In the NHS, as in health systems worldwide, patients are exposed to risks of avoidable harm and unwarranted variations in quality. But too often, problems in the quality and safety of healthcare are merely described, even “admired,” rather than fixed; the effort invested in collecting information (which is essential) is not matched by effort in making improvement.
More resources are clearly necessary to tackle many of these problems. There is no dispute about the preconditions for high quality, safe care: funding, staff, training, buildings, equipment, and other infrastructure. But quality health services depend not just on structures but on processes. Optimising the use of available resources requires continuous improvement of healthcare processes and systems.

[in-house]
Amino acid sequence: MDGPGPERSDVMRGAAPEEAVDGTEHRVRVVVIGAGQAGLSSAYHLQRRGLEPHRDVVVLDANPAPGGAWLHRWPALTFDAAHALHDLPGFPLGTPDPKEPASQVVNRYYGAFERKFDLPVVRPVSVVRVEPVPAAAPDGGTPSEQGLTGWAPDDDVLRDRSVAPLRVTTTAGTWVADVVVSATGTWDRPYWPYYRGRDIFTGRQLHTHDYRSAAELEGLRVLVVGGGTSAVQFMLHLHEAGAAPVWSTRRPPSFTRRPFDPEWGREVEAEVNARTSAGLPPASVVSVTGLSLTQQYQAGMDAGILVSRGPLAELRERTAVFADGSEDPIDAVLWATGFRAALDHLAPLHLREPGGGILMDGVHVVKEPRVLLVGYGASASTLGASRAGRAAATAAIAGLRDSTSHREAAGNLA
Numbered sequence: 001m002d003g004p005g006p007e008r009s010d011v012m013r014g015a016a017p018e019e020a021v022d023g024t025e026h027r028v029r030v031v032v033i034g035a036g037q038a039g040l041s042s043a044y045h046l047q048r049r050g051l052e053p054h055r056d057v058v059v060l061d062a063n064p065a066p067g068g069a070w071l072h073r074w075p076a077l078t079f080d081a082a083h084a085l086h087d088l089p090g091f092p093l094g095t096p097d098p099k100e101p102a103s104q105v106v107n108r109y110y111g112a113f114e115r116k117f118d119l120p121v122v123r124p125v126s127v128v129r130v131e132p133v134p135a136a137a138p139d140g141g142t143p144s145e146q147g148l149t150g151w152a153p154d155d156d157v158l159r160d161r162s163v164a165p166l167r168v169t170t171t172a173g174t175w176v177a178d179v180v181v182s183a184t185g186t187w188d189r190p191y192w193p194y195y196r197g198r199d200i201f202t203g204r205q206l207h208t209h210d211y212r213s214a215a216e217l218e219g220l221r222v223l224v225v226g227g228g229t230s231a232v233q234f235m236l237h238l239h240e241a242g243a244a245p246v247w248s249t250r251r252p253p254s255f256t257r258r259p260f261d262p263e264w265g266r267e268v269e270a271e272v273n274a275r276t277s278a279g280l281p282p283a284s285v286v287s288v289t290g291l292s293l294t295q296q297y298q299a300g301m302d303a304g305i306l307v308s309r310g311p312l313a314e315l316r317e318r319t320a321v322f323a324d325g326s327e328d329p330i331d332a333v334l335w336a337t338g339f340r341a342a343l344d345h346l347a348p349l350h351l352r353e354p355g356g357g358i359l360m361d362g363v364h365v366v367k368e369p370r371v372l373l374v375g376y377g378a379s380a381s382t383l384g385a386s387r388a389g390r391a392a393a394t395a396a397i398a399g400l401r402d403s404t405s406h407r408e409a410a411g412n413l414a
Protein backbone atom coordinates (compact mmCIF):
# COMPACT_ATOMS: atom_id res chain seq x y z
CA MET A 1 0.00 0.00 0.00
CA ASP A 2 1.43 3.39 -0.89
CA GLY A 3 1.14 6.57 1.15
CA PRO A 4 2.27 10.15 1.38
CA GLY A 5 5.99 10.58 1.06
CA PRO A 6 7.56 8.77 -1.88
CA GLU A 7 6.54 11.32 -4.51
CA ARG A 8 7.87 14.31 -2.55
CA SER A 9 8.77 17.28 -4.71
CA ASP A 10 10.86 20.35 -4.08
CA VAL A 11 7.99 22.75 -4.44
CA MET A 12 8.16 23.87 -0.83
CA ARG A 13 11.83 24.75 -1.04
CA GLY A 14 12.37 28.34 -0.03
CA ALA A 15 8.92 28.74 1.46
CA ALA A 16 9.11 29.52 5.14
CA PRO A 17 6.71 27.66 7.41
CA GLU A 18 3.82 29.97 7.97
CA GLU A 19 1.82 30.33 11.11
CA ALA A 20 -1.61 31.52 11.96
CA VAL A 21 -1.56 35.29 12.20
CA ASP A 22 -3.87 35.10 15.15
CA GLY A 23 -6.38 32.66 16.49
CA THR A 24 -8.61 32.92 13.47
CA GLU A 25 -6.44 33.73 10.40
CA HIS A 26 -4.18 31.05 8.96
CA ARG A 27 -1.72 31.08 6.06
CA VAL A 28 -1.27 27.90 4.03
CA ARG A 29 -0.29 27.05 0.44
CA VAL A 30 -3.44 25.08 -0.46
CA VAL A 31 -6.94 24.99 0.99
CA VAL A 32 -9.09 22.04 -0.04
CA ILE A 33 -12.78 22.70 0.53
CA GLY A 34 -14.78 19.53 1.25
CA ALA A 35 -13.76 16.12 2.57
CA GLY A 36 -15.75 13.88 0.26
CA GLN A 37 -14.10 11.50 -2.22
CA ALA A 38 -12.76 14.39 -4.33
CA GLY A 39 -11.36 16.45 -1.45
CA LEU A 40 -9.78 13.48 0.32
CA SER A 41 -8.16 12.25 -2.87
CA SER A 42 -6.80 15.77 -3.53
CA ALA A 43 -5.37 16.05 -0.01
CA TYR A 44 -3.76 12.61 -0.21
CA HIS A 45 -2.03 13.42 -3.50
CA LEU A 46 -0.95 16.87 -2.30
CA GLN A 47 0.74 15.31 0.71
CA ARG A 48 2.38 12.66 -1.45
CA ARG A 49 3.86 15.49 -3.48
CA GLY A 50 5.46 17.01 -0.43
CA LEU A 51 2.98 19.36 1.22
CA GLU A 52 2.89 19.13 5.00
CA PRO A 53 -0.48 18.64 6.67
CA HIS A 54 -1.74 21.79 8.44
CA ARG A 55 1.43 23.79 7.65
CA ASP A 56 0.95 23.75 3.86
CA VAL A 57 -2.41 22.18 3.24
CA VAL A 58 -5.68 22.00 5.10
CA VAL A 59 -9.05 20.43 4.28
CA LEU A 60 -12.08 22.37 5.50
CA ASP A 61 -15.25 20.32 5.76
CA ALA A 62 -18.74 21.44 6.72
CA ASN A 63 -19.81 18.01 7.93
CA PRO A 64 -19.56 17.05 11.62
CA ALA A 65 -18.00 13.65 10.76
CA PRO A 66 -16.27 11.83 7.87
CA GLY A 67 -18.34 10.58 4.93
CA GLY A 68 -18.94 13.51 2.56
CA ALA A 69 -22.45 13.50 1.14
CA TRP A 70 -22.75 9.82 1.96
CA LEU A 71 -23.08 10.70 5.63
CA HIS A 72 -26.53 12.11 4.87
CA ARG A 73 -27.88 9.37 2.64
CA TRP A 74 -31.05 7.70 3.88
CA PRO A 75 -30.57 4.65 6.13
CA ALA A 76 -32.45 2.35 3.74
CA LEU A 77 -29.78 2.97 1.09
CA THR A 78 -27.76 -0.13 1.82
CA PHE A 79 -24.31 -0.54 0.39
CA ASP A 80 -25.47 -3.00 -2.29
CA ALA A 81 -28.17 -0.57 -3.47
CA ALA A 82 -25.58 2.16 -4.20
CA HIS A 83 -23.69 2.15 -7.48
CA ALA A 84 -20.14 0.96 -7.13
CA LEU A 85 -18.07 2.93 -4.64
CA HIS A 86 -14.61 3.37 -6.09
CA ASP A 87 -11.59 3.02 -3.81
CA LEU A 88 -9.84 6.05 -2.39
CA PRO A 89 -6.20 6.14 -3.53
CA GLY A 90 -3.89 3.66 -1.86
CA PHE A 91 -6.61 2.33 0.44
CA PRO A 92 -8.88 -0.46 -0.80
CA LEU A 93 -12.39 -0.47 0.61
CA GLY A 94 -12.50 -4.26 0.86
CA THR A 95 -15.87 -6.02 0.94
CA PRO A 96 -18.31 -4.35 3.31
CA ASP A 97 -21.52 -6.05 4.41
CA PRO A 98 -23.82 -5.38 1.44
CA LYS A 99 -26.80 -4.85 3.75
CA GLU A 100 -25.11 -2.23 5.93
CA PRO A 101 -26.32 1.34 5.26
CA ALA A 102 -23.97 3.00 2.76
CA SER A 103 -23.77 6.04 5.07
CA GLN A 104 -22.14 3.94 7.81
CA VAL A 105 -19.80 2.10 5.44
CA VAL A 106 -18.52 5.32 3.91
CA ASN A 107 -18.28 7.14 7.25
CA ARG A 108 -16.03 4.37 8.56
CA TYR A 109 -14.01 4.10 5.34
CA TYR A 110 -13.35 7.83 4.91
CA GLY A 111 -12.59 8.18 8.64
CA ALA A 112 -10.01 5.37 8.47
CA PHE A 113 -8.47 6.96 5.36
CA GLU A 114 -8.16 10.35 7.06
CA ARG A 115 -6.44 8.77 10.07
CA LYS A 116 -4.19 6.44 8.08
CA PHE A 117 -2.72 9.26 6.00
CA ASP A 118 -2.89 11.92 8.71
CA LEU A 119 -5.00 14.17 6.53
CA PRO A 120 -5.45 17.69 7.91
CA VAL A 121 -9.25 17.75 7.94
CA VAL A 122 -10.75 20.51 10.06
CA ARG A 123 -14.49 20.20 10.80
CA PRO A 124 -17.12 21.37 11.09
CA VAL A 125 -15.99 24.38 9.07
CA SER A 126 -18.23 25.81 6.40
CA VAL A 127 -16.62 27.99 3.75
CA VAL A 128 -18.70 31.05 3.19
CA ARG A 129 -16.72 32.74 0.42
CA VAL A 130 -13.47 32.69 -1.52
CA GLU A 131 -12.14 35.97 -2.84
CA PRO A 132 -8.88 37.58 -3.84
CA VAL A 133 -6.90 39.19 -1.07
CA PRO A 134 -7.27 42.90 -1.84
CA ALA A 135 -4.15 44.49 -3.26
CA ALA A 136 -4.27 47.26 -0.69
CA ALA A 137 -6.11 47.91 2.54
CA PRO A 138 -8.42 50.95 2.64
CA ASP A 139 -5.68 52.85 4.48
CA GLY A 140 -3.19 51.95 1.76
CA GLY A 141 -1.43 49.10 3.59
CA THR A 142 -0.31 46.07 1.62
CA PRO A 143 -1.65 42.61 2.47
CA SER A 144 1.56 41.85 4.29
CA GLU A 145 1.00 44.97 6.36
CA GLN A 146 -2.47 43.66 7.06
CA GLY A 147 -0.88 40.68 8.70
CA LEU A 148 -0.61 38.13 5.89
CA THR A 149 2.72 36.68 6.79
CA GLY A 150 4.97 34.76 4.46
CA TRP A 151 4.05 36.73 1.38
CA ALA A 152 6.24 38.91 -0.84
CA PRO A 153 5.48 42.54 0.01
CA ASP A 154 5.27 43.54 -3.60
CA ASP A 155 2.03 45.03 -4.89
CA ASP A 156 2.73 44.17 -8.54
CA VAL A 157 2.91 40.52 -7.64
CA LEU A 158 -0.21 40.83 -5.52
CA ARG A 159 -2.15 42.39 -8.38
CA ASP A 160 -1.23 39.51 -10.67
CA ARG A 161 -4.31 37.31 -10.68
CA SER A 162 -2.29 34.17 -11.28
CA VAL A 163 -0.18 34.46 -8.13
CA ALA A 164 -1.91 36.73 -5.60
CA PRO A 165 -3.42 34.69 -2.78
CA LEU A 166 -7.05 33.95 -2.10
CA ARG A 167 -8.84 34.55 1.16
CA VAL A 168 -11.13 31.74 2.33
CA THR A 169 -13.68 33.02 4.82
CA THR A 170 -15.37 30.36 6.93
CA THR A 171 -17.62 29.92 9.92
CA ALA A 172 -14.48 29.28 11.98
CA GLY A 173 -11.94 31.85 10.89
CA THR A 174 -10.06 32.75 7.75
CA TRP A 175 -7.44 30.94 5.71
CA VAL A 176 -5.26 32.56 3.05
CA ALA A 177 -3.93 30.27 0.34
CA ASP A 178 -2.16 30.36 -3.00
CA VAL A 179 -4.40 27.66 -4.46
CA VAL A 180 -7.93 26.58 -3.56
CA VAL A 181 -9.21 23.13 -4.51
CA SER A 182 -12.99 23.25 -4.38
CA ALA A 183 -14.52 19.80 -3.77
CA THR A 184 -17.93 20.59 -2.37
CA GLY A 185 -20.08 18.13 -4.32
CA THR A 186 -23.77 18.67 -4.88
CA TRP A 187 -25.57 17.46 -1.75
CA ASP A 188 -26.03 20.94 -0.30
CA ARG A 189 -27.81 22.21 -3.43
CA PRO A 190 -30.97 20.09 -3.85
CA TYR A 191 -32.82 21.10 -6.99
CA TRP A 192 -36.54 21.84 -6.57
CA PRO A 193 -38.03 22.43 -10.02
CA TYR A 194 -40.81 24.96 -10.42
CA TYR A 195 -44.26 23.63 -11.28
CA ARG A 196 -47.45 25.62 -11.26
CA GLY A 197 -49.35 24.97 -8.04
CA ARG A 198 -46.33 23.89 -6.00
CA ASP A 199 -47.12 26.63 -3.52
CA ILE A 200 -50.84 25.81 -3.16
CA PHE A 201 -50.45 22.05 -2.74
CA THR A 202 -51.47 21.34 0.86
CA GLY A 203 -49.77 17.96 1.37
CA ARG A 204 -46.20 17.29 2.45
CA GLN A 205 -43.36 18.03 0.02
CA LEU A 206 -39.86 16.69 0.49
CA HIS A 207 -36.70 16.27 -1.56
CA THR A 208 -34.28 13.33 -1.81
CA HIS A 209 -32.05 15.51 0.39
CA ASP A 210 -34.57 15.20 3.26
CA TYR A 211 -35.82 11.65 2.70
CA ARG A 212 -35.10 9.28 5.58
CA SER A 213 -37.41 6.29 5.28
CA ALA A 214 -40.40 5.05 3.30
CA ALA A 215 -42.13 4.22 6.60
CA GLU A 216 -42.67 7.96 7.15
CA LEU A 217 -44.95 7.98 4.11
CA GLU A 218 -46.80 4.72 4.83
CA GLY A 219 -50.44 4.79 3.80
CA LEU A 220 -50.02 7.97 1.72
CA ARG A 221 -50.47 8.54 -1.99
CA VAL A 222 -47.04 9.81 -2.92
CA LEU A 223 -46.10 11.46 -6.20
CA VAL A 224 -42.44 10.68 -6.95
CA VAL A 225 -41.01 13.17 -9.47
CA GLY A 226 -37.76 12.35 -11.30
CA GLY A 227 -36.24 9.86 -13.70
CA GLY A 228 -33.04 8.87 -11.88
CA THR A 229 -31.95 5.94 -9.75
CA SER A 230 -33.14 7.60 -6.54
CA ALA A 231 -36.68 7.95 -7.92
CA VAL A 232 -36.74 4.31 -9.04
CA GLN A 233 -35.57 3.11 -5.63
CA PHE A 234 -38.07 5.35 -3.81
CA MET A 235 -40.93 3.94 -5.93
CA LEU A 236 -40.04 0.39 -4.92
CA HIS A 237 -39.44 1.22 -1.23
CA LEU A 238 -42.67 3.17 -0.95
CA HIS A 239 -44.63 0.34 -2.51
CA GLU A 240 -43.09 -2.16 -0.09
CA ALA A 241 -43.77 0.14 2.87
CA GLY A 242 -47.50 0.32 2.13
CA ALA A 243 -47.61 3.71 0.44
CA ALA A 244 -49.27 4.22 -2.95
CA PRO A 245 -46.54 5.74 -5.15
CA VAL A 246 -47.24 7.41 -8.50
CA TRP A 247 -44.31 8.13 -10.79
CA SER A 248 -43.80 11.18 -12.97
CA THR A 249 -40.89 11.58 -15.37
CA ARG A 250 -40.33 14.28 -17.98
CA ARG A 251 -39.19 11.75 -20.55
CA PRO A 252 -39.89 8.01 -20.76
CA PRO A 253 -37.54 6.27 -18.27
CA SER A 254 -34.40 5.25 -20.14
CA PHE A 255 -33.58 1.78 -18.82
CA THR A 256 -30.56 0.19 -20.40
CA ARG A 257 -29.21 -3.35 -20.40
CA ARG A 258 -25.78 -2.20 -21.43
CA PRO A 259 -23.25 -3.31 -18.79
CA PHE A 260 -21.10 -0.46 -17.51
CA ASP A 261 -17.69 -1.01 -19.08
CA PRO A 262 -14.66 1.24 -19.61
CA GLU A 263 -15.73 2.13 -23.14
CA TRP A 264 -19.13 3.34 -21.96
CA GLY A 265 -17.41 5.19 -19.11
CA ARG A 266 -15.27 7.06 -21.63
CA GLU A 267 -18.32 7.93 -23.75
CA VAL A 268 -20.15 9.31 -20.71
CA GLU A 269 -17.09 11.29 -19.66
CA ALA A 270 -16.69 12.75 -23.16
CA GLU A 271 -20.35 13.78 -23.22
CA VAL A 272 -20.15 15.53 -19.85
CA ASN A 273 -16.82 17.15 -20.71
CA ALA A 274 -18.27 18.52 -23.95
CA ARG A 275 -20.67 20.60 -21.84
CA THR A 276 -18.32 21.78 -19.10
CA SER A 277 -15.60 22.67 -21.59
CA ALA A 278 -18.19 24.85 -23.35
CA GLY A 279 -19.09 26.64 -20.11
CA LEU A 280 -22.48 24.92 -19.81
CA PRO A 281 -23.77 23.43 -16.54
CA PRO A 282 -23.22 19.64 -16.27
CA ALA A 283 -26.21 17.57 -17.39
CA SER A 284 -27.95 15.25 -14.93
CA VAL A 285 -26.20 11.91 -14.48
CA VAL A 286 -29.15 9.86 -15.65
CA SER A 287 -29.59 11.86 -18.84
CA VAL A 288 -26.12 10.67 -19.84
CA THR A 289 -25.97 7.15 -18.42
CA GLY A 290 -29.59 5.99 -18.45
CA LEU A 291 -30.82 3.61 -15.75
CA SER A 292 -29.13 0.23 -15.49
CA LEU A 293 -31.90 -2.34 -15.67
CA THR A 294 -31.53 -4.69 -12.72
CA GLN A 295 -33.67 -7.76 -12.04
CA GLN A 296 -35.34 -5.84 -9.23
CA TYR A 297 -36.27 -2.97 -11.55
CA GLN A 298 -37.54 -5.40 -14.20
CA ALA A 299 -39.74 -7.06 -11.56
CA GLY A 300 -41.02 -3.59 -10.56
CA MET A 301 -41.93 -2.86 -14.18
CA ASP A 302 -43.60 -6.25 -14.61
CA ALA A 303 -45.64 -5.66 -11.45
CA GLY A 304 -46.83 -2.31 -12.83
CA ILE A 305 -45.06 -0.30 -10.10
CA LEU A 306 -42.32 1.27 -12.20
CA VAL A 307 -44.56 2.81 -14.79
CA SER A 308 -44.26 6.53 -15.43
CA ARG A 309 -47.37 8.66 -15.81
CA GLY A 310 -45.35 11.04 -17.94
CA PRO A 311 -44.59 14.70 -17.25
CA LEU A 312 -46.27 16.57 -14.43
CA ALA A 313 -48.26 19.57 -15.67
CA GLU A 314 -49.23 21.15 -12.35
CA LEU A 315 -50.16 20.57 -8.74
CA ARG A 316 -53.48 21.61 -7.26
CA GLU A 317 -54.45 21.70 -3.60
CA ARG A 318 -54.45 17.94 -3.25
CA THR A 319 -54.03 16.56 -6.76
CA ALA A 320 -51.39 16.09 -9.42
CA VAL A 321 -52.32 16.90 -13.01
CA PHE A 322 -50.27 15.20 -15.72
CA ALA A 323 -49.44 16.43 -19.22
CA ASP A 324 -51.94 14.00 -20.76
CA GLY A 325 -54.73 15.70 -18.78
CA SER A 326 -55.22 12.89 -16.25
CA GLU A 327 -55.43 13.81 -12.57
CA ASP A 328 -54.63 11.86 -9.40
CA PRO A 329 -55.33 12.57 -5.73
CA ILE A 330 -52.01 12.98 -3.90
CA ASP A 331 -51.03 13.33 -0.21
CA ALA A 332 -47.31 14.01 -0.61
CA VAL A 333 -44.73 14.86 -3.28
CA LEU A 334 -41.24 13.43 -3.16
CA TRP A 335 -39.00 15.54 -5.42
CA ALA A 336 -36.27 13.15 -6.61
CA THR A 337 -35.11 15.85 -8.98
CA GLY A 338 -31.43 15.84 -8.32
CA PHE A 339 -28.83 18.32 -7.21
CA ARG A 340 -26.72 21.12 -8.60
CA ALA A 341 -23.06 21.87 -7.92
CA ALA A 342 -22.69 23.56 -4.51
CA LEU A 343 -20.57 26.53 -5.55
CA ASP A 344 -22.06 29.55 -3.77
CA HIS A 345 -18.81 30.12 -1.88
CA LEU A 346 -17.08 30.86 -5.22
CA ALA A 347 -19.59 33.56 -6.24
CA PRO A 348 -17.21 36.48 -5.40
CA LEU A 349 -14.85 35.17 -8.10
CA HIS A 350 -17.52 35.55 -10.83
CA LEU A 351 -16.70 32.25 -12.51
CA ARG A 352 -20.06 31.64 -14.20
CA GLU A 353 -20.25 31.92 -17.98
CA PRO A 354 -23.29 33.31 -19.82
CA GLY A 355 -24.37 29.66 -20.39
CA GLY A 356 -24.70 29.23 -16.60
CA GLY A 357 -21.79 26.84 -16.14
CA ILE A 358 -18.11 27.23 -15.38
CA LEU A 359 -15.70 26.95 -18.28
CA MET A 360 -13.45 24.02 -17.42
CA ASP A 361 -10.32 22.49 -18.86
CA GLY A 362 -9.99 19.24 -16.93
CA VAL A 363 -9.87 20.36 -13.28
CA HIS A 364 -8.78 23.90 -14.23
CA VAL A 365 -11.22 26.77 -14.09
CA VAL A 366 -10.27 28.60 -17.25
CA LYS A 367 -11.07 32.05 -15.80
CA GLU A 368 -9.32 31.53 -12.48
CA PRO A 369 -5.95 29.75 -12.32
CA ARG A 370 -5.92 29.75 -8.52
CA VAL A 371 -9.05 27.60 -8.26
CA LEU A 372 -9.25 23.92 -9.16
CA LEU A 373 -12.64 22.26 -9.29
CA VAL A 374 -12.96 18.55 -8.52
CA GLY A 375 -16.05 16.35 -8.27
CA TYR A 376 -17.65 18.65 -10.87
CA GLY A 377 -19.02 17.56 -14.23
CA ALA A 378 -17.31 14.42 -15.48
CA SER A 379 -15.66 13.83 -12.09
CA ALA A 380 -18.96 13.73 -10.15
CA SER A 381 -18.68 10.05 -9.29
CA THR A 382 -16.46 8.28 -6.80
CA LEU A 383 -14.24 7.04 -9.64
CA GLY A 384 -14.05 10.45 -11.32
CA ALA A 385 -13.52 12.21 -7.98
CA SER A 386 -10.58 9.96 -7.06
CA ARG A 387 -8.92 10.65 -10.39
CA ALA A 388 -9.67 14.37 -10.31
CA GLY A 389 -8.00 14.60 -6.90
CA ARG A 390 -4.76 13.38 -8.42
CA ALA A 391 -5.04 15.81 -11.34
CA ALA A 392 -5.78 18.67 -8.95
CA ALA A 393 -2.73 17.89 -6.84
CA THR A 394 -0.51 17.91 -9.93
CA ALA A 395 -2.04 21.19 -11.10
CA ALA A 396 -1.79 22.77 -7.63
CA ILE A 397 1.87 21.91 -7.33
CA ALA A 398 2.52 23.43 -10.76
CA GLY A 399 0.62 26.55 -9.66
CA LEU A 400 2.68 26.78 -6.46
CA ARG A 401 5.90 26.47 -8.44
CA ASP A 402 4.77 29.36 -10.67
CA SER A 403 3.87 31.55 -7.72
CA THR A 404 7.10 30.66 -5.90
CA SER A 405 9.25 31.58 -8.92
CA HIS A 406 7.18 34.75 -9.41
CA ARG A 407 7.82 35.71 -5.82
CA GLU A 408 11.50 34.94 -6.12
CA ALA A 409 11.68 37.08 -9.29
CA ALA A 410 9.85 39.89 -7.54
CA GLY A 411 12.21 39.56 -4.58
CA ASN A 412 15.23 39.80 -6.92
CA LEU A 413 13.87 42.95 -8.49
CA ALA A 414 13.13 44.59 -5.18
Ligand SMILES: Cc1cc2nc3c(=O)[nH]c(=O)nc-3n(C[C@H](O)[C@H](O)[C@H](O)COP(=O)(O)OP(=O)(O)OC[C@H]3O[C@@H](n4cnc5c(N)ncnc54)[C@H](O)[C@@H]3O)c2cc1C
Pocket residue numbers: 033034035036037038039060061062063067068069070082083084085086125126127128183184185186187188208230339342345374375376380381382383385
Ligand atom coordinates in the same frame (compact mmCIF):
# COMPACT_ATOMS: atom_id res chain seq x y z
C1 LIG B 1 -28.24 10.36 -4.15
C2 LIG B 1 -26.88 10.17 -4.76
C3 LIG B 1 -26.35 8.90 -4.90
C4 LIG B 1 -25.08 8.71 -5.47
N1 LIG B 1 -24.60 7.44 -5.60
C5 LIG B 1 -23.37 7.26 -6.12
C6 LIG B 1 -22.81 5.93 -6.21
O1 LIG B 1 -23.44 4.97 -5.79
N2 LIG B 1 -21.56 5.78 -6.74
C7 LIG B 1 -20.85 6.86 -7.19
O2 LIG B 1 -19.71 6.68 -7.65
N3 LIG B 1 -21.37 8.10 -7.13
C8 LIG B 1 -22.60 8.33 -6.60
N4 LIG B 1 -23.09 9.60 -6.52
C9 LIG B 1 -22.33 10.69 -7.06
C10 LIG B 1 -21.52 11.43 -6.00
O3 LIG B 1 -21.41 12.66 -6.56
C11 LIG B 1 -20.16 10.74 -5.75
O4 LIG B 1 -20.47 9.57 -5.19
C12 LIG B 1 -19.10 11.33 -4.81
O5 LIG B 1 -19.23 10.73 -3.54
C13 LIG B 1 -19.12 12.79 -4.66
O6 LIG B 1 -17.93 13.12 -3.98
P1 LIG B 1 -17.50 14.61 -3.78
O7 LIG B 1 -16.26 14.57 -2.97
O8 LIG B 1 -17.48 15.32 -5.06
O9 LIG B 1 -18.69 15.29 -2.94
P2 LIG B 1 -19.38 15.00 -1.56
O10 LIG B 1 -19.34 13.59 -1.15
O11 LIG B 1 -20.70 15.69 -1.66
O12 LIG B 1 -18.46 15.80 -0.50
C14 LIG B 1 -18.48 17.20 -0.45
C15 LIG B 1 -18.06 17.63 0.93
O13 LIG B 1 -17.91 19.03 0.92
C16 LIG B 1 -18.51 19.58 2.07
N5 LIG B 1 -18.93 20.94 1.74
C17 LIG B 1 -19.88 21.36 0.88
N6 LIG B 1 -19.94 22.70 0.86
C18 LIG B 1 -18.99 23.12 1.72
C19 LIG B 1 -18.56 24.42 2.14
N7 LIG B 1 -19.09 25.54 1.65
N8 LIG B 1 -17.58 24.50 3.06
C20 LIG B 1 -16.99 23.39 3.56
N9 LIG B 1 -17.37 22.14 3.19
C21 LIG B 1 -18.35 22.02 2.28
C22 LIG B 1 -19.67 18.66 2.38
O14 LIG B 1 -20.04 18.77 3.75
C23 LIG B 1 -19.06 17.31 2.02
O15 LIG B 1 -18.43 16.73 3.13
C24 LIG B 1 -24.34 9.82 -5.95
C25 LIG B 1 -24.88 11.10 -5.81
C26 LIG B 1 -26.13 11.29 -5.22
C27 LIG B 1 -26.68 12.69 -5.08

QI has been advocated in healthcare for over 30 years, and we have policies emphasising the need for QI and mandating QI practice for many healthcare professionals (including junior doctors). Yet the question, “Does quality improvement actually improve quality?” remains surprisingly difficult to answer. The evidence for the benefits of QI is mixed and generally of poor quality. It is important to resolve this unsatisfactory situation. That will require doing more to bring together the practice and the study of improvement, using research to improve improvement, and thinking beyond effectiveness when considering the study and practice of improvement.